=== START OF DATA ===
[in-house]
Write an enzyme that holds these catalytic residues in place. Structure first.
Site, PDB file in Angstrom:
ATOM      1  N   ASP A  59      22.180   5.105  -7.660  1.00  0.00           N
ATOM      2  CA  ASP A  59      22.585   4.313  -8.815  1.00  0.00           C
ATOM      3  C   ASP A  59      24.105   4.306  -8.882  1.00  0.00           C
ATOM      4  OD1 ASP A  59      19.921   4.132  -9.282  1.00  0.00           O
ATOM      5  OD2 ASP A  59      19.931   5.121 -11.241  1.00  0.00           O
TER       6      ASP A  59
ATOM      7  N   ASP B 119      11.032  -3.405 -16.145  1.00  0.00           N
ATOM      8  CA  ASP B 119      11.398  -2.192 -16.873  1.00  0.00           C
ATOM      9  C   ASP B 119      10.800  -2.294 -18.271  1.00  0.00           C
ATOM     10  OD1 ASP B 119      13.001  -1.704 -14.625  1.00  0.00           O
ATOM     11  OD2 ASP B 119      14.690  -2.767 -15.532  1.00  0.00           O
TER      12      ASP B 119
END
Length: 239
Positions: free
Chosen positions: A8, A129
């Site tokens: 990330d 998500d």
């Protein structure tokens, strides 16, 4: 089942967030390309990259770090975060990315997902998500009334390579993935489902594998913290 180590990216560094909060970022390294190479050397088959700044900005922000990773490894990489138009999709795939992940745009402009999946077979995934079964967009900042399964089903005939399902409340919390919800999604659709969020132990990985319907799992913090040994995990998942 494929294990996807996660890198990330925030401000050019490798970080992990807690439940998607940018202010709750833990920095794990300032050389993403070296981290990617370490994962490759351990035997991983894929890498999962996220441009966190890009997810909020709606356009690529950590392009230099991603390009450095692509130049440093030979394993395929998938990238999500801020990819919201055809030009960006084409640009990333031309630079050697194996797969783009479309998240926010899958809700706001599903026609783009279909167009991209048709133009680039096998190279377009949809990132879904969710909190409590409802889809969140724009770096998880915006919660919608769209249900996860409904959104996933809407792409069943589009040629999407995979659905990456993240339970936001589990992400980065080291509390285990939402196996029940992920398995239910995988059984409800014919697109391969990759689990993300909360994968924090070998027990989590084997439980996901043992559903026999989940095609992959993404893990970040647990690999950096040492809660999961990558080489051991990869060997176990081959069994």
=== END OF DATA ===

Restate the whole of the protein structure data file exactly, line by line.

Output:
[in-house]
Write an enzyme that holds these catalytic residues in place. Structure first.
Site, PDB file in Angstrom:
ATOM      1  N   ASP A  59      22.180   5.105  -7.660  1.00  0.00           N
ATOM      2  CA  ASP A  59      22.585   4.313  -8.815  1.00  0.00           C
ATOM      3  C   ASP A  59      24.105   4.306  -8.882  1.00  0.00           C
ATOM      4  OD1 ASP A  59      19.921   4.132  -9.282  1.00  0.00           O
ATOM      5  OD2 ASP A  59      19.931   5.121 -11.241  1.00  0.00           O
TER       6      ASP A  59
ATOM      7  N   ASP B 119      11.032  -3.405 -16.145  1.00  0.00           N
ATOM      8  CA  ASP B 119      11.398  -2.192 -16.873  1.00  0.00           C
ATOM      9  C   ASP B 119      10.800  -2.294 -18.271  1.00  0.00           C
ATOM     10  OD1 ASP B 119      13.001  -1.704 -14.625  1.00  0.00           O
ATOM     11  OD2 ASP B 119      14.690  -2.767 -15.532  1.00  0.00           O
TER      12      ASP B 119
END
Length: 239
Positions: free
Chosen positions: A8, A129
């Site tokens: 990330d 998500d």
């Protein structure tokens, strides 16, 4: 089942967030390309990259770090975060990315997902998500009334390579993935489902594998913290 180590990216560094909060970022390294190479050397088959700044900005922000990773490894990489138009999709795939992940745009402009999946077979995934079964967009900042399964089903005939399902409340919390919800999604659709969020132990990985319907799992913090040994995990998942 494929294990996807996660890198990330925030401000050019490798970080992990807690439940998607940018202010709750833990920095794990300032050389993403070296981290990617370490994962490759351990035997991983894929890498999962996220441009966190890009997810909020709606356009690529950590392009230099991603390009450095692509130049440093030979394993395929998938990238999500801020990819919201055809030009960006084409640009990333031309630079050697194996797969783009479309998240926010899958809700706001599903026609783009279909167009991209048709133009680039096998190279377009949809990132879904969710909190409590409802889809969140724009770096998880915006919660919608769209249900996860409904959104996933809407792409069943589009040629999407995979659905990456993240339970936001589990992400980065080291509390285990939402196996029940992920398995239910995988059984409800014919697109391969990759689990993300909360994968924090070998027990989590084997439980996901043992559903026999989940095609992959993404893990970040647990690999950096040492809660999961990558080489051991990869060997176990081959069994």